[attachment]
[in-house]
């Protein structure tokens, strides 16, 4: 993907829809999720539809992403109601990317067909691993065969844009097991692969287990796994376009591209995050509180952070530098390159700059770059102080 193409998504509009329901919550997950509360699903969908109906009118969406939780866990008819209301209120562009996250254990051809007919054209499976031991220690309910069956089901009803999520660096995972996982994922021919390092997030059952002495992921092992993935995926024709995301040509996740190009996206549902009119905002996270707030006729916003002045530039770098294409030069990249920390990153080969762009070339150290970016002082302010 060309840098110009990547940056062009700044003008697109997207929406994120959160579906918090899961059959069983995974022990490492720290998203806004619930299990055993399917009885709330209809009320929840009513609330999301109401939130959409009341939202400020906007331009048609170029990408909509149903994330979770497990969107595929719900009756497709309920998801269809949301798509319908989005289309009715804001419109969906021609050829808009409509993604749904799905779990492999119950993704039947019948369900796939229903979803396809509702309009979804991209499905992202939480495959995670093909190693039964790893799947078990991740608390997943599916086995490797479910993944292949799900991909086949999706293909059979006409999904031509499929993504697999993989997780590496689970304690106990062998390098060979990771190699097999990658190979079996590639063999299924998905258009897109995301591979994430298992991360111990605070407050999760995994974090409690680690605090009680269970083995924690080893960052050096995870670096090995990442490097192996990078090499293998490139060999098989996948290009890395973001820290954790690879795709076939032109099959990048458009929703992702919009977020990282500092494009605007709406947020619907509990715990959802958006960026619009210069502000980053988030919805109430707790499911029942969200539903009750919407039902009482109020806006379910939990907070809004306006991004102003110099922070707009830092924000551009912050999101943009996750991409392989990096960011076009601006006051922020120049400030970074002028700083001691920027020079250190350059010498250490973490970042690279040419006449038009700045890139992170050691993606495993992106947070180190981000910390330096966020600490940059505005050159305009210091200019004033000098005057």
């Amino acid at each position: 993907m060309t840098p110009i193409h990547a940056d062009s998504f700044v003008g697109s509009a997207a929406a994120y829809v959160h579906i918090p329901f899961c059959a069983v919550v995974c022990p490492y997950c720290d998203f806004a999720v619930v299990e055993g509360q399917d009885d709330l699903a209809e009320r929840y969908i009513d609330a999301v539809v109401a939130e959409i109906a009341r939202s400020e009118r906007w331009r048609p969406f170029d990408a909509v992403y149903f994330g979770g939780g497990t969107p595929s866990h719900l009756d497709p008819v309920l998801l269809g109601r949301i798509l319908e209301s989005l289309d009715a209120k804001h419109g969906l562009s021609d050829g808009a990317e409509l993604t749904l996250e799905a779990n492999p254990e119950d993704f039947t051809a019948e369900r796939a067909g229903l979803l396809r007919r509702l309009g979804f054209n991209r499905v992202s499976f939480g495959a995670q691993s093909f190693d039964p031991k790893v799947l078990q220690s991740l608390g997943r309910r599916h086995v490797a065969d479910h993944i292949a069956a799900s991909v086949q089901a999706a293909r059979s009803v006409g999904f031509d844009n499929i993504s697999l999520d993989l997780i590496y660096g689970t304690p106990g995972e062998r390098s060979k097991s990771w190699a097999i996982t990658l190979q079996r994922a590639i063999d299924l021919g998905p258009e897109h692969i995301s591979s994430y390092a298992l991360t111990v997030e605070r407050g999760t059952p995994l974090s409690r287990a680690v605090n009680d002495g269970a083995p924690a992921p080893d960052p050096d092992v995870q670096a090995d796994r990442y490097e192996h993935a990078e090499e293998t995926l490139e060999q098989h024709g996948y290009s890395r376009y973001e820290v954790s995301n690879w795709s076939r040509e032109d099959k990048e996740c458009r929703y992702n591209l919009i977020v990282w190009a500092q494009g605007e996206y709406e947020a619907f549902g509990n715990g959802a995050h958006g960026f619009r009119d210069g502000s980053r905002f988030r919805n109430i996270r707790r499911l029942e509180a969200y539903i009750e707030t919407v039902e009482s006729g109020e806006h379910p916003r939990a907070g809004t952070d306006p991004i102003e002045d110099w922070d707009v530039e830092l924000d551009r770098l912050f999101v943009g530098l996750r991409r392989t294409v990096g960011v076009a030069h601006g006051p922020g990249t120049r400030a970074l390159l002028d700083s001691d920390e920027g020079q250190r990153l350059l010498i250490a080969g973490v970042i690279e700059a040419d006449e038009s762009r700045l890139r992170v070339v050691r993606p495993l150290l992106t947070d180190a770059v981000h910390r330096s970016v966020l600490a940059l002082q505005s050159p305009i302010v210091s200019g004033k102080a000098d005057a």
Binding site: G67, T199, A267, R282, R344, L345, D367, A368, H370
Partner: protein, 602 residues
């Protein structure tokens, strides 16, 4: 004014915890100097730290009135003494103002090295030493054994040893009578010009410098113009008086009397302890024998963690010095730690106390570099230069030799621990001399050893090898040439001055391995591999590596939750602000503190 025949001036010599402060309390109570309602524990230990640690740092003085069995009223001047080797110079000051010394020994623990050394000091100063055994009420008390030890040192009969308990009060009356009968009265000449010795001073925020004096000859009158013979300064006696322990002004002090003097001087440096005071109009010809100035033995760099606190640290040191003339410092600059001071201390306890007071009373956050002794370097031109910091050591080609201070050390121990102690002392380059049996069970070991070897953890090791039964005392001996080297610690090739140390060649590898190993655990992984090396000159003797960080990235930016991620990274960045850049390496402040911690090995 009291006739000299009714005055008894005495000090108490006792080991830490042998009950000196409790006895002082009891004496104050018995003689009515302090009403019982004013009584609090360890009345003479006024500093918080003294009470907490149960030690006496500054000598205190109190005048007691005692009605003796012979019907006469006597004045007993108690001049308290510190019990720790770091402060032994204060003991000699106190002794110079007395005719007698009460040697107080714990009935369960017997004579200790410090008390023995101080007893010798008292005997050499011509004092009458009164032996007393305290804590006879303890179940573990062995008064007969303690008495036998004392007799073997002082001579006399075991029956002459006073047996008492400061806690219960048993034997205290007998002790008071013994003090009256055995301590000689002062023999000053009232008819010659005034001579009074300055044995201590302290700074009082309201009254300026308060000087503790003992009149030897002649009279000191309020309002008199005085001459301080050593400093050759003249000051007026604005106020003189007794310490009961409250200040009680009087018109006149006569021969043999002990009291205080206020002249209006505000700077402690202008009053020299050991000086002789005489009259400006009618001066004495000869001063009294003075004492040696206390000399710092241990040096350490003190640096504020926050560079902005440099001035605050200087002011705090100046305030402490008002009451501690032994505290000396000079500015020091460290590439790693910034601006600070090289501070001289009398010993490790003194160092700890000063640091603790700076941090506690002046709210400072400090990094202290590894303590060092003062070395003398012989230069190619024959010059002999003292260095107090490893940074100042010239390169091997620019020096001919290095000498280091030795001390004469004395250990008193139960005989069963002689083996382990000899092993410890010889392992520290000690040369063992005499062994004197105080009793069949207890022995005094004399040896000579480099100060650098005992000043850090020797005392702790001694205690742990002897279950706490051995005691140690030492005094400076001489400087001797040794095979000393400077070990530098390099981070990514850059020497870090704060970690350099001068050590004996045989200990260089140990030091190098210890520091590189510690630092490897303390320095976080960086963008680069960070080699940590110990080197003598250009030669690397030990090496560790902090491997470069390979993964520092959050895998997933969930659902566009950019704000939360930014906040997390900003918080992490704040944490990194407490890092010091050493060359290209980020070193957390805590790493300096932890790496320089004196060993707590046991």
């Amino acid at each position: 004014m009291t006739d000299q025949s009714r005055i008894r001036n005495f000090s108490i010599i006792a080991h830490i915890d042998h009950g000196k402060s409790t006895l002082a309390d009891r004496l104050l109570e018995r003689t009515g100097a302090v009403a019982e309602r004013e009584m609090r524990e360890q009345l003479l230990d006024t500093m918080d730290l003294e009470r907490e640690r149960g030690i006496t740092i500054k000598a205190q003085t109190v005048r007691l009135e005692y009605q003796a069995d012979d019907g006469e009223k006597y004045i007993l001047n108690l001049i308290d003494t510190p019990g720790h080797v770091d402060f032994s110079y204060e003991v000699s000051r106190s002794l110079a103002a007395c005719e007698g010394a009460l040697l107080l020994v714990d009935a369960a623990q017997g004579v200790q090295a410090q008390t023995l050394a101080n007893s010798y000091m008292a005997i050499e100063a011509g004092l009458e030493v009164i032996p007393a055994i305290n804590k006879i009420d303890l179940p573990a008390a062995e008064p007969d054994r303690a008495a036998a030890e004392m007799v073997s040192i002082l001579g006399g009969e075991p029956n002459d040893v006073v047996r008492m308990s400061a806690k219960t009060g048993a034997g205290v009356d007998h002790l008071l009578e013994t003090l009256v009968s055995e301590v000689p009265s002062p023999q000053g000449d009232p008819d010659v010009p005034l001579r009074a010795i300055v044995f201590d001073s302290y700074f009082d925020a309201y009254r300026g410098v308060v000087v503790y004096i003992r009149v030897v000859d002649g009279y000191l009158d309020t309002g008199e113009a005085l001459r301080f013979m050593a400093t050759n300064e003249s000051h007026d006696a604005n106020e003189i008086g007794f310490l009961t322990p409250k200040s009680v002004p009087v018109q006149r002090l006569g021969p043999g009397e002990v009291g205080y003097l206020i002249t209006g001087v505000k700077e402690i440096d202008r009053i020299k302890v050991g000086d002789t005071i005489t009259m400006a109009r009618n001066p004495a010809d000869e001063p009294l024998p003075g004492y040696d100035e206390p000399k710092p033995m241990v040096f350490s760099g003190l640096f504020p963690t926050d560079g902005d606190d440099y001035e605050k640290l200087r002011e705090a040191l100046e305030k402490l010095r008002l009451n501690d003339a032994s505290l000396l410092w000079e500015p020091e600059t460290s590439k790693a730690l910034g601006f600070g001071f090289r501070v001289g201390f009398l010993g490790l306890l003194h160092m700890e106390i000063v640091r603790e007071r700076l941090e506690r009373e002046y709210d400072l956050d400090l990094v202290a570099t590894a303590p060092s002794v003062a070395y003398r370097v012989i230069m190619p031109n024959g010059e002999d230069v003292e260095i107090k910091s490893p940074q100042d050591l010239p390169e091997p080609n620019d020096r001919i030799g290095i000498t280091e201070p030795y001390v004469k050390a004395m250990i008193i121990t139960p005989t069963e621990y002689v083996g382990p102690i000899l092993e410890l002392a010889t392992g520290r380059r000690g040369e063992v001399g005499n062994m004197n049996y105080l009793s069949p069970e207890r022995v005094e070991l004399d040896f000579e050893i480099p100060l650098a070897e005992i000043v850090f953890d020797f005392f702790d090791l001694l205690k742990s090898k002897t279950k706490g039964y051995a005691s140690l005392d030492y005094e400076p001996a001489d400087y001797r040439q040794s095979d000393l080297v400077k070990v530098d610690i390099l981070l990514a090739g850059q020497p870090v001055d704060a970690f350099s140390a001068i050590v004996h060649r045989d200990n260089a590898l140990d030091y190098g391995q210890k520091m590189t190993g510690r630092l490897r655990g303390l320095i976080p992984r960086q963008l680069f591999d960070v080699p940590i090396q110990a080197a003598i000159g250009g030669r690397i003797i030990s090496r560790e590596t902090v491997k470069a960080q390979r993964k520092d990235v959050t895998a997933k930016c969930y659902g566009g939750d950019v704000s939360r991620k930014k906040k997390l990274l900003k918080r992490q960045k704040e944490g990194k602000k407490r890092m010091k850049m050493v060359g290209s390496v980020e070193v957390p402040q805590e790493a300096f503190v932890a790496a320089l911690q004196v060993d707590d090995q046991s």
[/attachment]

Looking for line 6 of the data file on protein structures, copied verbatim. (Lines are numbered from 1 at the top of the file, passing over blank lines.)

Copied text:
């Protein structure tokens, strides 16, 4: 004014915890100097730290009135003494103002090295030493054994040893009578010009410098113009008086009397302890024998963690010095730690106390570099230069030799621990001399050893090898040439001055391995591999590596939750602000503190 025949001036010599402060309390109570309602524990230990640690740092003085069995009223001047080797110079000051010394020994623990050394000091100063055994009420008390030890040192009969308990009060009356009968009265000449010795001073925020004096000859009158013979300064006696322990002004002090003097001087440096005071109009010809100035033995760099606190640290040191003339410092600059001071201390306890007071009373956050002794370097031109910091050591080609201070050390121990102690002392380059049996069970070991070897953890090791039964005392001996080297610690090739140390060649590898190993655990992984090396000159003797960080990235930016991620990274960045850049390496402040911690090995 009291006739000299009714005055008894005495000090108490006792080991830490042998009950000196409790006895002082009891004496104050018995003689009515302090009403019982004013009584609090360890009345003479006024500093918080003294009470907490149960030690006496500054000598205190109190005048007691005692009605003796012979019907006469006597004045007993108690001049308290510190019990720790770091402060032994204060003991000699106190002794110079007395005719007698009460040697107080714990009935369960017997004579200790410090008390023995101080007893010798008292005997050499011509004092009458009164032996007393305290804590006879303890179940573990062995008064007969303690008495036998004392007799073997002082001579006399075991029956002459006073047996008492400061806690219960048993034997205290007998002790008071013994003090009256055995301590000689002062023999000053009232008819010659005034001579009074300055044995201590302290700074009082309201009254300026308060000087503790003992009149030897002649009279000191309020309002008199005085001459301080050593400093050759003249000051007026604005106020003189007794310490009961409250200040009680009087018109006149006569021969043999002990009291205080206020002249209006505000700077402690202008009053020299050991000086002789005489009259400006009618001066004495000869001063009294003075004492040696206390000399710092241990040096350490003190640096504020926050560079902005440099001035605050200087002011705090100046305030402490008002009451501690032994505290000396000079500015020091460290590439790693910034601006600070090289501070001289009398010993490790003194160092700890000063640091603790700076941090506690002046709210400072400090990094202290590894303590060092003062070395003398012989230069190619024959010059002999003292260095107090490893940074100042010239390169091997620019020096001919290095000498280091030795001390004469004395250990008193139960005989069963002689083996382990000899092993410890010889392992520290000690040369063992005499062994004197105080009793069949207890022995005094004399040896000579480099100060650098005992000043850090020797005392702790001694205690742990002897279950706490051995005691140690030492005094400076001489400087001797040794095979000393400077070990530098390099981070990514850059020497870090704060970690350099001068050590004996045989200990260089140990030091190098210890520091590189510690630092490897303390320095976080960086963008680069960070080699940590110990080197003598250009030669690397030990090496560790902090491997470069390979993964520092959050895998997933969930659902566009950019704000939360930014906040997390900003918080992490704040944490990194407490890092010091050493060359290209980020070193957390805590790493300096932890790496320089004196060993707590046991």